Book supports or, more aptly named, cradles are used to display bound library materials in exhibitions. The Smithsonian Libraries plans and installs two exhibitions each year that include as many as a hundred volumes on display at a given time. Since books come in various sizes shapes and materials, a proper support is necessary to assure that the book rests comfortably while on exhibit yet have the cradle remain somewhat invisible.
Tag: book conservation lab
In anticipation of Smithsonian Libraries’ participation in this year’s Museum Day Live events on Saturday March 12th, we wanted to highlight Library Preservation work at the Book Conservation Lab here at Smithsonian Libraries, and draw attention to the varied interests and skills that are inherent to Preservation work and are important and driving forces in preserving library collections for the future.
The Book Conservation Lab often receives items that require new sewing or new adhesive on the text block as part of their treatment. Infrequently, an item arrives that has been bound atypically and extraordinary repair measures are needed.
On September 9-11th, Smithsonian Libraries hosted the workshop: “Using Pigment-toned Paper Pulp to Create Flawless Fills for Works of Art on Paper and Archival Material,” instructed by Margo McFarland-Rothschild, who has taught these techniques previously at the Campbell Center for Historic Preservation Studies and has her own conservation and consulting practice in the Chicago area. At Smithsonian Libraries’ Book Conservation Lab participants prepared and pigmented paper pulp to use in concert with wet suction casting techniques to directly fill losses in paper based artifacts.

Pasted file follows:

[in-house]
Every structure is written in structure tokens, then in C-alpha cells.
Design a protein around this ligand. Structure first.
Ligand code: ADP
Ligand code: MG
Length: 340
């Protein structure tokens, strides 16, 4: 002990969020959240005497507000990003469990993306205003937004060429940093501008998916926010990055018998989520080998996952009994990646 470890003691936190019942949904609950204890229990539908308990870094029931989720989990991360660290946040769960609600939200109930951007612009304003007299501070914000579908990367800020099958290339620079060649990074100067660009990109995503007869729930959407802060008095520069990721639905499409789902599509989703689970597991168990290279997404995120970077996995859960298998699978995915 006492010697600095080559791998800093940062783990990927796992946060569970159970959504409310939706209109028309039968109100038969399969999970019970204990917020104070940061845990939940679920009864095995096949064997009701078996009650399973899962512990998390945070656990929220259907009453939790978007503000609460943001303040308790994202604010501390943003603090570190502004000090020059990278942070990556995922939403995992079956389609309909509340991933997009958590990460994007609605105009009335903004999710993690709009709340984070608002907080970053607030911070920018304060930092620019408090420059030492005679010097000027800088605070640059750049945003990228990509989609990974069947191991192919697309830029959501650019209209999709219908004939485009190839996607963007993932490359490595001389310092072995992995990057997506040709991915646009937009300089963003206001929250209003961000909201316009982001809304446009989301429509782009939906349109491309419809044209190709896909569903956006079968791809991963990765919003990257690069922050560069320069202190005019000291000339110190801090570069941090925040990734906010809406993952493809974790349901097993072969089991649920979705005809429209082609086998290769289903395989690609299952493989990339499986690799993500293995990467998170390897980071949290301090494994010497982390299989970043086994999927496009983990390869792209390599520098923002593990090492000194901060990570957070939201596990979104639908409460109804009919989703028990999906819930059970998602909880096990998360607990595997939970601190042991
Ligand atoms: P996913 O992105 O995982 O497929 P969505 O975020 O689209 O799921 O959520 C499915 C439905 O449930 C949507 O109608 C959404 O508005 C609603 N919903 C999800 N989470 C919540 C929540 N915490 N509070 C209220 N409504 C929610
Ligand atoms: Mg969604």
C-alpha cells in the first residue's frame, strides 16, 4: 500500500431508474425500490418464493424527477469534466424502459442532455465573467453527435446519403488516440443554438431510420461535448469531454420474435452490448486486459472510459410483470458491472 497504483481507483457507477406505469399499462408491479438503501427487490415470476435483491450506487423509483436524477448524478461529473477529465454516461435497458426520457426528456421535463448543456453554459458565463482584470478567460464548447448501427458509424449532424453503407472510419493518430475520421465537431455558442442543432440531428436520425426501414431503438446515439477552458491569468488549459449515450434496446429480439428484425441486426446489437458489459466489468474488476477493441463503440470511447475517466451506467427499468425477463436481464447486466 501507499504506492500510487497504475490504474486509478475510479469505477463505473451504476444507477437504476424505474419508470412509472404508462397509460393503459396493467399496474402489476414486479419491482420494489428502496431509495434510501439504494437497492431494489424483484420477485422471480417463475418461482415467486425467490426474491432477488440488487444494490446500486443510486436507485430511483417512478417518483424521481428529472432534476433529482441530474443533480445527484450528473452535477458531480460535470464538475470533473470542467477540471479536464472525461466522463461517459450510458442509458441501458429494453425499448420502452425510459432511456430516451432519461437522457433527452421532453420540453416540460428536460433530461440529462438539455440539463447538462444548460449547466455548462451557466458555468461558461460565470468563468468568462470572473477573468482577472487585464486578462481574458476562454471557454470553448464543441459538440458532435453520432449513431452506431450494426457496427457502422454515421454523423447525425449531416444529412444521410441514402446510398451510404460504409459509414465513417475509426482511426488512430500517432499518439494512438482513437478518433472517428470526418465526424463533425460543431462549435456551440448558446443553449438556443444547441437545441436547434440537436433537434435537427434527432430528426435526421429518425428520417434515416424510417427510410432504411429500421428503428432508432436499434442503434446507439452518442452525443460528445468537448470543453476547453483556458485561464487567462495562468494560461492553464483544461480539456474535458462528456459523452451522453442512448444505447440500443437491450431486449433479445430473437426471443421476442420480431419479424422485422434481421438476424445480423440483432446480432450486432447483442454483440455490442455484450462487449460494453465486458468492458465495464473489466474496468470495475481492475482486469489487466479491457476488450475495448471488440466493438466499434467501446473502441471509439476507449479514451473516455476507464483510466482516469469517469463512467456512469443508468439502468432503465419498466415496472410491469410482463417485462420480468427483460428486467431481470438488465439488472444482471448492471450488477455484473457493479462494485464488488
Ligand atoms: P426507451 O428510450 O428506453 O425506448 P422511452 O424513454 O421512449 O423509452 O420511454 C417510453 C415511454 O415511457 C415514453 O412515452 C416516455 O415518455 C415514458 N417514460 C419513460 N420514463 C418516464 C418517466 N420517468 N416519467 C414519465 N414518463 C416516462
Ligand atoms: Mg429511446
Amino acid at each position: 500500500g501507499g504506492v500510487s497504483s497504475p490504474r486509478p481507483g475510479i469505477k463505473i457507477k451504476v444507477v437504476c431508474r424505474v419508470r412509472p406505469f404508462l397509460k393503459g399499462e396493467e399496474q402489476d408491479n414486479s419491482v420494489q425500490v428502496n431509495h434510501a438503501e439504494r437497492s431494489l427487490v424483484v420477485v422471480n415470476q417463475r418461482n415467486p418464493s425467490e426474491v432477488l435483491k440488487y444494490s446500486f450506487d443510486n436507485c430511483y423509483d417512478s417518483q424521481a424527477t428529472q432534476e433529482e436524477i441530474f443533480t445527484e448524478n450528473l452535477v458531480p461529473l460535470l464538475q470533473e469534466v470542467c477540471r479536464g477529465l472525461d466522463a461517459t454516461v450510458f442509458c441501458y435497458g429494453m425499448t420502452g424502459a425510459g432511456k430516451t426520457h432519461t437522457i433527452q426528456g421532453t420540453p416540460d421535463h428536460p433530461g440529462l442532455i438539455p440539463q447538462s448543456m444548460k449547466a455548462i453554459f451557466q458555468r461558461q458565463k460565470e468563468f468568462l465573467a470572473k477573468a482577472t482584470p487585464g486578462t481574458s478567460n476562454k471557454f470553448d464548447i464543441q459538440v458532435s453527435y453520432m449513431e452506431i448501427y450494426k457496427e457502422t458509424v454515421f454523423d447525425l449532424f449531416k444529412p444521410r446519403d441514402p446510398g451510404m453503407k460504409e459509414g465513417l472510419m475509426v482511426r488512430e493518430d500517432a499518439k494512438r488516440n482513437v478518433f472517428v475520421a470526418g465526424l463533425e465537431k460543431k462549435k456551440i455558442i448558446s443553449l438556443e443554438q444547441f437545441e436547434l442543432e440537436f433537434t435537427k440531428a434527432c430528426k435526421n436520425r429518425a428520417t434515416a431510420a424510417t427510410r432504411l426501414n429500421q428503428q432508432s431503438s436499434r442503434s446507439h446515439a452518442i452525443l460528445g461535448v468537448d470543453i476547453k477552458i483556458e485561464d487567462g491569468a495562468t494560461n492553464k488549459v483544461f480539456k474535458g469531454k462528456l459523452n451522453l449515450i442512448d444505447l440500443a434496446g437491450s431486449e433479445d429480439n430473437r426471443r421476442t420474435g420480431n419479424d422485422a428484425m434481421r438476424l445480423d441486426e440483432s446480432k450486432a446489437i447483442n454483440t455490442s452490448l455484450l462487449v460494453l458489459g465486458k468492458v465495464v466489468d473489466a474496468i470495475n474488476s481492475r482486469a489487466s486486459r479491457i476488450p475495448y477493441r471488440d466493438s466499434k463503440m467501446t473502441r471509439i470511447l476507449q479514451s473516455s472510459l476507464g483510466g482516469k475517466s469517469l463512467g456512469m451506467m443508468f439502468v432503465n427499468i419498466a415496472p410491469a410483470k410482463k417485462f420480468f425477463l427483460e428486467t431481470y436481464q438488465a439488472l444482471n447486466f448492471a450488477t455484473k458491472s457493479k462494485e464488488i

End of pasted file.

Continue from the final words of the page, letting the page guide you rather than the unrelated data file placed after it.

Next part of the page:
The Smithsonian Libraries Book Conservation Lab would like to extend a warm spring welcome to Jennifer Jarvis, who will be joining Preservation Services as a book conservator.
Memories and treasures should last a lifetime and be passed on to future generations. Sponsored by the ALA’s Association of Library Collections and Services and partner organizations, Preservation Week was created in 2010 to address the roughly 630 million items in collecting institutions that are in need of immediate attention and care, as well as to help individuals protect and store their personal, family and community collections.